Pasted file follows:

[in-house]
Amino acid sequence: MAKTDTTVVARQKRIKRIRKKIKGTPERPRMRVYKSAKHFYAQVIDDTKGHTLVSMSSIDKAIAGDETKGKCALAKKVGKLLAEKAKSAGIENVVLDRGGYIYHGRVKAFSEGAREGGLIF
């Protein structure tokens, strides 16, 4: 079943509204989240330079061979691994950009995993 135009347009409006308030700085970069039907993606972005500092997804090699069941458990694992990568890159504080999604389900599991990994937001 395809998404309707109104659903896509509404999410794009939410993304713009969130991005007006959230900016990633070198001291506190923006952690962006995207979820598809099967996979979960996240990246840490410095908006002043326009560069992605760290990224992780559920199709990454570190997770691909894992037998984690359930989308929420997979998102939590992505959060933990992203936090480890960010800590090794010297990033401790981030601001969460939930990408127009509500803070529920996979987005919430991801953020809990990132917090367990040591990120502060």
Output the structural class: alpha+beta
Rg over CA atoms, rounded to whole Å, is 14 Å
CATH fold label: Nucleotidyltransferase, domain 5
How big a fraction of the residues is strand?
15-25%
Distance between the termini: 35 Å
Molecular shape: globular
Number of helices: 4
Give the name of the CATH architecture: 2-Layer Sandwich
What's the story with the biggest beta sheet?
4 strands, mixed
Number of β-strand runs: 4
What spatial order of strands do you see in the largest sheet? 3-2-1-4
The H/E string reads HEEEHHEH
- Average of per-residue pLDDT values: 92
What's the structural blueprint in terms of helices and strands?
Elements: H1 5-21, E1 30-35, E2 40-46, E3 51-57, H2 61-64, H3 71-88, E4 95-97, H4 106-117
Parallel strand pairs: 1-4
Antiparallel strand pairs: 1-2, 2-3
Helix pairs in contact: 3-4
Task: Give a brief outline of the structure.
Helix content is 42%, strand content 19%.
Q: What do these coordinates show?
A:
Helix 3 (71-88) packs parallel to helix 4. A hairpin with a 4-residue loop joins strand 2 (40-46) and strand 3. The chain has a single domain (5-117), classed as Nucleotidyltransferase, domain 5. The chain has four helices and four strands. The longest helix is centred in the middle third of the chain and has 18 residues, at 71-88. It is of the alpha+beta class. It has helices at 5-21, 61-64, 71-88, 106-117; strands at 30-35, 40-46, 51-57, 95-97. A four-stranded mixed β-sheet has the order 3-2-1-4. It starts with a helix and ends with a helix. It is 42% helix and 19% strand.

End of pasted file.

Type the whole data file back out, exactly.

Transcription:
[in-house]
Amino acid sequence: MAKTDTTVVARQKRIKRIRKKIKGTPERPRMRVYKSAKHFYAQVIDDTKGHTLVSMSSIDKAIAGDETKGKCALAKKVGKLLAEKAKSAGIENVVLDRGGYIYHGRVKAFSEGAREGGLIF
């Protein structure tokens, strides 16, 4: 079943509204989240330079061979691994950009995993 135009347009409006308030700085970069039907993606972005500092997804090699069941458990694992990568890159504080999604389900599991990994937001 395809998404309707109104659903896509509404999410794009939410993304713009969130991005007006959230900016990633070198001291506190923006952690962006995207979820598809099967996979979960996240990246840490410095908006002043326009560069992605760290990224992780559920199709990454570190997770691909894992037998984690359930989308929420997979998102939590992505959060933990992203936090480890960010800590090794010297990033401790981030601001969460939930990408127009509500803070529920996979987005919430991801953020809990990132917090367990040591990120502060």
Output the structural class: alpha+beta
Rg over CA atoms, rounded to whole Å, is 14 Å
CATH fold label: Nucleotidyltransferase, domain 5
How big a fraction of the residues is strand?
15-25%
Distance between the termini: 35 Å
Molecular shape: globular
Number of helices: 4
Give the name of the CATH architecture: 2-Layer Sandwich
What's the story with the biggest beta sheet?
4 strands, mixed
Number of β-strand runs: 4
What spatial order of strands do you see in the largest sheet? 3-2-1-4
The H/E string reads HEEEHHEH
- Average of per-residue pLDDT values: 92
What's the structural blueprint in terms of helices and strands?
Elements: H1 5-21, E1 30-35, E2 40-46, E3 51-57, H2 61-64, H3 71-88, E4 95-97, H4 106-117
Parallel strand pairs: 1-4
Antiparallel strand pairs: 1-2, 2-3
Helix pairs in contact: 3-4
Task: Give a brief outline of the structure.
Helix content is 42%, strand content 19%.
Q: What do these coordinates show?
A:
Helix 3 (71-88) packs parallel to helix 4. A hairpin with a 4-residue loop joins strand 2 (40-46) and strand 3. The chain has a single domain (5-117), classed as Nucleotidyltransferase, domain 5. The chain has four helices and four strands. The longest helix is centred in the middle third of the chain and has 18 residues, at 71-88. It is of the alpha+beta class. It has helices at 5-21, 61-64, 71-88, 106-117; strands at 30-35, 40-46, 51-57, 95-97. A four-stranded mixed β-sheet has the order 3-2-1-4. It starts with a helix and ends with a helix. It is 42% helix and 19% strand.